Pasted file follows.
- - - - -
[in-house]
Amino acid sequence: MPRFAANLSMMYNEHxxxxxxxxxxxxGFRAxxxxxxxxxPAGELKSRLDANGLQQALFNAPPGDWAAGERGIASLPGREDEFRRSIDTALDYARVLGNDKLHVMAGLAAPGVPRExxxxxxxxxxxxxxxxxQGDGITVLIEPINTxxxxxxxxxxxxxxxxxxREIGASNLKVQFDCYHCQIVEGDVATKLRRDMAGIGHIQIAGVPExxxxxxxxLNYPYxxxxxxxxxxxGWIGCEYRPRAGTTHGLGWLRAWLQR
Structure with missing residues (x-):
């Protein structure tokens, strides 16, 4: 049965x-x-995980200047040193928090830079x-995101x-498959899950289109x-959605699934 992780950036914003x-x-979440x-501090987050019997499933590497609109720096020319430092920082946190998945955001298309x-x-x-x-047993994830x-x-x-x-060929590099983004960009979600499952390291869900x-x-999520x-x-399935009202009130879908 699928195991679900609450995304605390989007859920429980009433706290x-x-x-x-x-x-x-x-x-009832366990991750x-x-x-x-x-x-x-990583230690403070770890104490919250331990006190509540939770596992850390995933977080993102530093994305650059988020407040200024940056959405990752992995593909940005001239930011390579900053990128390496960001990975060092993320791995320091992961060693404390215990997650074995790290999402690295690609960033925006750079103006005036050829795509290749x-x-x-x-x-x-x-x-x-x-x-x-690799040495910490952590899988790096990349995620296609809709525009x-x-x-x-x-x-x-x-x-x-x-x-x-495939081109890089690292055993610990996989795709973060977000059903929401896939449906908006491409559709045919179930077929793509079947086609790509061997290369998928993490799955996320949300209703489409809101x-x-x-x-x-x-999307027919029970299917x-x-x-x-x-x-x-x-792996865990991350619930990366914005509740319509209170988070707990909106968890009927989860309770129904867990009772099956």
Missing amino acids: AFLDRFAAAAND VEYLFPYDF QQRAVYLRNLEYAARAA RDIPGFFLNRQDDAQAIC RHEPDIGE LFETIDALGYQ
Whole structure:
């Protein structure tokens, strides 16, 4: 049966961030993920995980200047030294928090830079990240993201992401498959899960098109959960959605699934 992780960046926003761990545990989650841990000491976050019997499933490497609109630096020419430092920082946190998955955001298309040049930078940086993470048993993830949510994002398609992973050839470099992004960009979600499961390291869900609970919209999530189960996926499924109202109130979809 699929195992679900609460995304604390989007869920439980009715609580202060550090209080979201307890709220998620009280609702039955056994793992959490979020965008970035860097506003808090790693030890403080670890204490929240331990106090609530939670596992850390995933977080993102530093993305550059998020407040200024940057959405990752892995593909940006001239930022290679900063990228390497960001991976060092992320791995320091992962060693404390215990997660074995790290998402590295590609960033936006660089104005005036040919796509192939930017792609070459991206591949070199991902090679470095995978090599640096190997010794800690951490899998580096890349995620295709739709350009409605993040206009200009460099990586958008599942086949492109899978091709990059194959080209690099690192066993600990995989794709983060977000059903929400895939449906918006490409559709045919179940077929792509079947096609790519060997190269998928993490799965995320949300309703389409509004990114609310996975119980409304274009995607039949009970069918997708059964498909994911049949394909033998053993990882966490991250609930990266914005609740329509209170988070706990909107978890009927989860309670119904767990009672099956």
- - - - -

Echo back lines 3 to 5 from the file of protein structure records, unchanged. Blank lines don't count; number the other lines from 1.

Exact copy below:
Structure with missing residues (x-):
């Protein structure tokens, strides 16, 4: 049965x-x-995980200047040193928090830079x-995101x-498959899950289109x-959605699934 992780950036914003x-x-979440x-501090987050019997499933590497609109720096020319430092920082946190998945955001298309x-x-x-x-047993994830x-x-x-x-060929590099983004960009979600499952390291869900x-x-999520x-x-399935009202009130879908 699928195991679900609450995304605390989007859920429980009433706290x-x-x-x-x-x-x-x-x-009832366990991750x-x-x-x-x-x-x-990583230690403070770890104490919250331990006190509540939770596992850390995933977080993102530093994305650059988020407040200024940056959405990752992995593909940005001239930011390579900053990128390496960001990975060092993320791995320091992961060693404390215990997650074995790290999402690295690609960033925006750079103006005036050829795509290749x-x-x-x-x-x-x-x-x-x-x-x-690799040495910490952590899988790096990349995620296609809709525009x-x-x-x-x-x-x-x-x-x-x-x-x-495939081109890089690292055993610990996989795709973060977000059903929401896939449906908006491409559709045919179930077929793509079947086609790509061997290369998928993490799955996320949300209703489409809101x-x-x-x-x-x-999307027919029970299917x-x-x-x-x-x-x-x-792996865990991350619930990366914005509740319509209170988070707990909106968890009927989860309770129904867990009772099956």
Missing amino acids: AFLDRFAAAAND VEYLFPYDF QQRAVYLRNLEYAARAA RDIPGFFLNRQDDAQAIC RHEPDIGE LFETIDALGYQ